The first perspective is based on the fact that, on a wide range of indices, Maori are subject to greater socio-economic disadvantage than non-Maori (Poata-Smith 1997, Chapple et al. 1997, Chapple 2000, Statistics New Zealand 2007, Ministry of Social Development 2008b). There is also considerable evidence to suggest that individuals from socially disadvantaged backgrounds become parents at an earlier age (Coley and Chase-Lansdale 1998, Woodward et al. 2001, Boden et al. 2008). Therefore, it may be that the earlier age of parenthood among Maori reflects the relative socio-economic positioning of Maori in New Zealand.

A second perspective regarding the differences between Maori and non-Maori in early pregnancy rates involves an ecological "at risk" model of familial adversity (Ramey and Landesman Ramey 1998, Repetti et al. 2002). Research indicates that, separate from economic disadvantage, Maori have greater exposure to negative childhood and related experience when compared to non-Maori (Fergusson 1998, Ministry of Social Development 2008a, 2008b, Fanslow et al. 2007). Exposure to family adversity in childhood has also been linked to early parenthood (Coley and Chase-Lansdale 1998, Quinlivan and Condon 2005, Tan and Quinlivan 2006).

A third perspective is based on the culture concept. Within New Zealand it is commonly held that Maori and non-Maori hold different normative value systems involving alternative conceptions of the character and role of gender relations and family (Metge 1990, Durie 1994). In recent years, Maori culture revitalisation has been actively promoted across a broad spectrum of fields, with emphasis being directed towards strengthening the cultural identity of individuals, families and tribal groupings (Greeenland 1991, Durie 1995, 1998, Webster 1998, Rata 2005, Marie et al. 2008). It could therefore be suggested that Maori and non-Maori hold different values regarding the optimum timing of human reproduction. Specifically, it is possible that some Maori may place a premium on early reproduction, whereby early pregnancy and parenthood has become institutionalised, via its normalisation, as a contemporary marker of strength of Maori cultural identity.

Against this background, the present study uses data from a longitudinal study of a birth cohort of New Zealand-born children in order to examine the associations between ethnic identity and early parenthood. Early parenthood and parenting is defined here as occurring before the age of 20 years. In the present paper, the term "ethnic identity" is used to denote Maori identity or non-Maori identity, while "cultural identity" denotes subgroups (sole Maori; Maori/other identity) within Maori ethnic identity. The specific aims of this study were to examine:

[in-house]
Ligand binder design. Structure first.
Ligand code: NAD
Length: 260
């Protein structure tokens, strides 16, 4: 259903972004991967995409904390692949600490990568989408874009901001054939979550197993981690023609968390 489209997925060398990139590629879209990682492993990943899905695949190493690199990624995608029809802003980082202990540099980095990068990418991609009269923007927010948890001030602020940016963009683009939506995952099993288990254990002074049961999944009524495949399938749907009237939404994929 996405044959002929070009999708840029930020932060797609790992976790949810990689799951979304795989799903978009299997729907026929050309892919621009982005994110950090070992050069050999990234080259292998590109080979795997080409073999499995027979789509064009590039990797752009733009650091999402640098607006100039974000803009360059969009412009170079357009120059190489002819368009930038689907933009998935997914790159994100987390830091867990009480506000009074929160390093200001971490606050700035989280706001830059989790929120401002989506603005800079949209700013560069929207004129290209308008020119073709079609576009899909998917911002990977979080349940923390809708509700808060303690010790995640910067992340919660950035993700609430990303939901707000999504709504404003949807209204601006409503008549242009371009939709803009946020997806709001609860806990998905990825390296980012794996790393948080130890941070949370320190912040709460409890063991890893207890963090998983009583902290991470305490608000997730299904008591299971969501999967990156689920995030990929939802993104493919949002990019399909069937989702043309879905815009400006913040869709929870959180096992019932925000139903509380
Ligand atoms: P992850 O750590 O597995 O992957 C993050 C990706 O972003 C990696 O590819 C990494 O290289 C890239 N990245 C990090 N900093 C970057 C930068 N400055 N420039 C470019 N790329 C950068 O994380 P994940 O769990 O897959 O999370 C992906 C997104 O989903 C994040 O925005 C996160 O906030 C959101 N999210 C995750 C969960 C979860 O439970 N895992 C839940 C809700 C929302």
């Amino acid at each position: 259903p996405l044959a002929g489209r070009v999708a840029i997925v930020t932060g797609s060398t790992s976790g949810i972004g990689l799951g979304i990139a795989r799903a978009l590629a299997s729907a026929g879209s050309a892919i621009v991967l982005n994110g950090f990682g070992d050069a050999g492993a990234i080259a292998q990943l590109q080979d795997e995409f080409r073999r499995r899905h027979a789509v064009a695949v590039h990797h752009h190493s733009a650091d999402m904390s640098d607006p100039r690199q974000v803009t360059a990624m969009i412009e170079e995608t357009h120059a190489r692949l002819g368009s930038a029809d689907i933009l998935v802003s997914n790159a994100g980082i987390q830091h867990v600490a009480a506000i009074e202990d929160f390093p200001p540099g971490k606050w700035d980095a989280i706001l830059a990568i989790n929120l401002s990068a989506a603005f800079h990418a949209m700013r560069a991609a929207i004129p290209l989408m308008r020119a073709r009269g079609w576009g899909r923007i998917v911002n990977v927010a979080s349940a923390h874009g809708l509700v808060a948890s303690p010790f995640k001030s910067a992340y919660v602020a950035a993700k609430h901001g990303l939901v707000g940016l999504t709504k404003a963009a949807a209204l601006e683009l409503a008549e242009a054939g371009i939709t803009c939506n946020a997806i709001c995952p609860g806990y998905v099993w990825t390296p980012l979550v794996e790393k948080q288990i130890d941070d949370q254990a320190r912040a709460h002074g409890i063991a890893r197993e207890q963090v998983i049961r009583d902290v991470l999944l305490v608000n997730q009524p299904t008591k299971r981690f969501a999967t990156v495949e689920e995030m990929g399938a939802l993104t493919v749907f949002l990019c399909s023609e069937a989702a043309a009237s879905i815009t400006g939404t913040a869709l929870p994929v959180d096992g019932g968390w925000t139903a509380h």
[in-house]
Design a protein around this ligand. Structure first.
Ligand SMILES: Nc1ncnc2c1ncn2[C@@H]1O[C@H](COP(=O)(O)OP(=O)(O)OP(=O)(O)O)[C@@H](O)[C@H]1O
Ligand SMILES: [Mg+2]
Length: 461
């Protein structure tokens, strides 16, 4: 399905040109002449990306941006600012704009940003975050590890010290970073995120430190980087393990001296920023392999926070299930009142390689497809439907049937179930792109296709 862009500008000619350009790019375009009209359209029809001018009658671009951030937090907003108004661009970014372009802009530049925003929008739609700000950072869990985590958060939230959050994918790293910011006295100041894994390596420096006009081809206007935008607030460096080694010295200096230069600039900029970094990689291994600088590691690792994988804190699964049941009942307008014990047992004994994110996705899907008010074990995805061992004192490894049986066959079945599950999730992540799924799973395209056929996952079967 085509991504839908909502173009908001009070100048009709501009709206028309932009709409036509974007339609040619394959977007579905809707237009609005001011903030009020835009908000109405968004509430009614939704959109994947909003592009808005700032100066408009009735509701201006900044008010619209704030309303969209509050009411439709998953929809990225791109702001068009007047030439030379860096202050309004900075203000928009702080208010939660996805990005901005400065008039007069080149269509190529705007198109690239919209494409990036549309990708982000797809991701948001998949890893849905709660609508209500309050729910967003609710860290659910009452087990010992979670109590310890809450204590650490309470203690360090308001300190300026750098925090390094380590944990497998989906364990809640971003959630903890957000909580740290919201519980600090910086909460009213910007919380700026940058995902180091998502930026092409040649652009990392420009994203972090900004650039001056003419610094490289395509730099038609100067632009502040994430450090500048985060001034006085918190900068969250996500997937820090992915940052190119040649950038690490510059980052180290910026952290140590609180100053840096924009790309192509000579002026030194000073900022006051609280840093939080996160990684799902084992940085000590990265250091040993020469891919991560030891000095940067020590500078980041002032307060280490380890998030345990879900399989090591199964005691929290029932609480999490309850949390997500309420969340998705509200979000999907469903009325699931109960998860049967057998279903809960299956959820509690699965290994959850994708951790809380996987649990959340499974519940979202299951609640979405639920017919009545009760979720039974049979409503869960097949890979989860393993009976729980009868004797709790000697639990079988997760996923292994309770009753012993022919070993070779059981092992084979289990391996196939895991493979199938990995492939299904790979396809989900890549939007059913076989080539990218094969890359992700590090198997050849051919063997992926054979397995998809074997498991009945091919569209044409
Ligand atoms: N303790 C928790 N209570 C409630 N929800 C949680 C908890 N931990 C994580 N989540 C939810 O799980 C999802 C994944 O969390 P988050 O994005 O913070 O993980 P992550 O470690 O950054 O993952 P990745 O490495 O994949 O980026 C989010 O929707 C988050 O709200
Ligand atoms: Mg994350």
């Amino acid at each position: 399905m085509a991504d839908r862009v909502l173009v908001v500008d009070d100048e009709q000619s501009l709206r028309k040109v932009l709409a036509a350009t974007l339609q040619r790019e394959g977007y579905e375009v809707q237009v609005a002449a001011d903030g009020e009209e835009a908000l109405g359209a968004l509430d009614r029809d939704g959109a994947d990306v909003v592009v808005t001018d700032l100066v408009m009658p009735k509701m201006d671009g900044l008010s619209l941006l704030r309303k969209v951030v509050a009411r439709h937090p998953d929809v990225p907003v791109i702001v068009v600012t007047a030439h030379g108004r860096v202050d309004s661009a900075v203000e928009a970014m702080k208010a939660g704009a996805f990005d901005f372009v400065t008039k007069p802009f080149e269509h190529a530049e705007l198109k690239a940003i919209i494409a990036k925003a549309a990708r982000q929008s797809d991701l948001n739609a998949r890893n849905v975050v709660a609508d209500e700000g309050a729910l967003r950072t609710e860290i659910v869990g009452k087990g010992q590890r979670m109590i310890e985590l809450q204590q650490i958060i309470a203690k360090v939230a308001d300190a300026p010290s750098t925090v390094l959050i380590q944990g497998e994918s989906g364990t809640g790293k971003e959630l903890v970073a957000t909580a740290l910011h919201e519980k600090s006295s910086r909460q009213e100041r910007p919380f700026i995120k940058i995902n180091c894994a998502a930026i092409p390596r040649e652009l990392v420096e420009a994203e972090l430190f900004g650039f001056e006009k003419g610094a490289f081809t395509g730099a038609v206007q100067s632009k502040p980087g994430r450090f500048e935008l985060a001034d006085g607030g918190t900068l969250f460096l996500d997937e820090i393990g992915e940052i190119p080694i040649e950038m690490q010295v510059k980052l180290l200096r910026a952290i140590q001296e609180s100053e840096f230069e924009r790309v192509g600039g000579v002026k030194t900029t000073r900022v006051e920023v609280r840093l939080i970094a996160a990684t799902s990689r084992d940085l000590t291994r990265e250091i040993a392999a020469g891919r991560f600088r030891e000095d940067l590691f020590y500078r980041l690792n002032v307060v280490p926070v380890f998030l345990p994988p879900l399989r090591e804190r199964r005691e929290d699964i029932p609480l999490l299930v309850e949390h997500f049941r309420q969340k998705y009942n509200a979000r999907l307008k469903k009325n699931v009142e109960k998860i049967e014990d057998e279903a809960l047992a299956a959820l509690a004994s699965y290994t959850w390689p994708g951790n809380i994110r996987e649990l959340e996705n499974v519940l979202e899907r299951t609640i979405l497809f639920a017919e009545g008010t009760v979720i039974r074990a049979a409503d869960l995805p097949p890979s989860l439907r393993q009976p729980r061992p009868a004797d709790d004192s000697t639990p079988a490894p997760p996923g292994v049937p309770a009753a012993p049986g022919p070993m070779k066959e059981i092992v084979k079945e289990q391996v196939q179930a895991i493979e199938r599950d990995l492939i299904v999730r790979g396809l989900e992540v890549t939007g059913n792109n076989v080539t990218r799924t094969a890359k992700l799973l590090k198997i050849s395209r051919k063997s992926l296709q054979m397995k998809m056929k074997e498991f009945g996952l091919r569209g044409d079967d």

* differences in the rates at which Maori and non-Maori became parents before the age of 20 (this analysis included data for both females and males)

* the extent to which ethnic and differences in early parenthood could be explained by socio-economic factors, family factors and cultural identity.

METHODS

The data were gathered during the course of the Christchurch Health and Development Study (CHDS), a birth cohort of 1,265 children (635 males, 630 females) born in the Christchurch (New Zealand) urban region in mid-1977, which has been studied at birth, 4 months, 1 year and annually to age 16 years, and again at ages 18, 21 and 25 years. Information from a variety of sources has been used, including: parental interviews, teacher reports, self-reports, psychometric assessments, and medical and other record data (Fergusson and Horwood 2001, Fergusson et al. 1989). The analyses reported here were based on the 992 study participants (78% of the original sample) for whom information was available concerning pregnancy and parenthood outcomes to age 20. Ali study information was collected on the basis of signed and informed consent from study participants.

Ethnic and Cultural Identity

At age 21 years respondents were asked about their ancestry, cultural identification, level of participation in Maori cultural domains and proficiency in the Maori language (Broughton et al. 2000). On the basis of this questioning, 11.1% of sample members self-identified as New Zealand Maori. A further break-down of this group showed 45.9% reporting sole Maori identity and 54.1% reporting Maori ethnic identity and identity with another ethnic group. For the purposes of the present analyses, those reporting sole Maori identity were classified as having a sole Maori cultural identity, while those reporting both Maori identity and another ethnic identity were classified as having Maori/other cultural identity. Ali other participants were classified as being non-Maori. The descriptors "sole Maori", "Maori/other cultural identity" and "non-Maori" were originally recommended by Pomare et al. (1995) in their analyses examining ethnic trends in public health epidemiology.